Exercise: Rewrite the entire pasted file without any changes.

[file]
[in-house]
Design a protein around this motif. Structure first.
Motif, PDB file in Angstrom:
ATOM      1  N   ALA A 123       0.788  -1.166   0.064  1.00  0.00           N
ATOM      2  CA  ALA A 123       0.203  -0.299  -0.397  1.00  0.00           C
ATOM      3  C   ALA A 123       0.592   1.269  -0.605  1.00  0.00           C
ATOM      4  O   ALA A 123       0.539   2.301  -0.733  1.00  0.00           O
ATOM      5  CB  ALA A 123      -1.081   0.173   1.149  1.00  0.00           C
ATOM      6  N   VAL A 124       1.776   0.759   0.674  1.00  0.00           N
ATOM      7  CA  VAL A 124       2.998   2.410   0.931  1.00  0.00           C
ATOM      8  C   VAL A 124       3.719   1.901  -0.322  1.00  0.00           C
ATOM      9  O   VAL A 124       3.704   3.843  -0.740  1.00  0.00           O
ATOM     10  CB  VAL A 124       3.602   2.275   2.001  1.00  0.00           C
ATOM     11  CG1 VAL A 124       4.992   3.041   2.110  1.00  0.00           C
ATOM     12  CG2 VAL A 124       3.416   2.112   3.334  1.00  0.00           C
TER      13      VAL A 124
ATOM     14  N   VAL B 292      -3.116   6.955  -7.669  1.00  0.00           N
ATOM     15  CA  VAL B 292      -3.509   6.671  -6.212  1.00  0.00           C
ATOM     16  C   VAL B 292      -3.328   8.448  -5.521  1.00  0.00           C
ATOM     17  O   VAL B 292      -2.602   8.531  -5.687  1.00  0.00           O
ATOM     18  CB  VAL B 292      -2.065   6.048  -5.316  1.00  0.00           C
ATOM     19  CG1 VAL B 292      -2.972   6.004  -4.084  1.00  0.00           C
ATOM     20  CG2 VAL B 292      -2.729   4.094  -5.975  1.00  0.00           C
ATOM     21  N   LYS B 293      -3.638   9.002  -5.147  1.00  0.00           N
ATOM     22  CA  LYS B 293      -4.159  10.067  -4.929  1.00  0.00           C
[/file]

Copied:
[in-house]
Design a protein around this motif. Structure first.
Motif, PDB file in Angstrom:
ATOM      1  N   ALA A 123       0.788  -1.166   0.064  1.00  0.00           N
ATOM      2  CA  ALA A 123       0.203  -0.299  -0.397  1.00  0.00           C
ATOM      3  C   ALA A 123       0.592   1.269  -0.605  1.00  0.00           C
ATOM      4  O   ALA A 123       0.539   2.301  -0.733  1.00  0.00           O
ATOM      5  CB  ALA A 123      -1.081   0.173   1.149  1.00  0.00           C
ATOM      6  N   VAL A 124       1.776   0.759   0.674  1.00  0.00           N
ATOM      7  CA  VAL A 124       2.998   2.410   0.931  1.00  0.00           C
ATOM      8  C   VAL A 124       3.719   1.901  -0.322  1.00  0.00           C
ATOM      9  O   VAL A 124       3.704   3.843  -0.740  1.00  0.00           O
ATOM     10  CB  VAL A 124       3.602   2.275   2.001  1.00  0.00           C
ATOM     11  CG1 VAL A 124       4.992   3.041   2.110  1.00  0.00           C
ATOM     12  CG2 VAL A 124       3.416   2.112   3.334  1.00  0.00           C
TER      13      VAL A 124
ATOM     14  N   VAL B 292      -3.116   6.955  -7.669  1.00  0.00           N
ATOM     15  CA  VAL B 292      -3.509   6.671  -6.212  1.00  0.00           C
ATOM     16  C   VAL B 292      -3.328   8.448  -5.521  1.00  0.00           C
ATOM     17  O   VAL B 292      -2.602   8.531  -5.687  1.00  0.00           O
ATOM     18  CB  VAL B 292      -2.065   6.048  -5.316  1.00  0.00           C
ATOM     19  CG1 VAL B 292      -2.972   6.004  -4.084  1.00  0.00           C
ATOM     20  CG2 VAL B 292      -2.729   4.094  -5.975  1.00  0.00           C
ATOM     21  N   LYS B 293      -3.638   9.002  -5.147  1.00  0.00           N
ATOM     22  CA  LYS B 293      -4.159  10.067  -4.929  1.00  0.00           C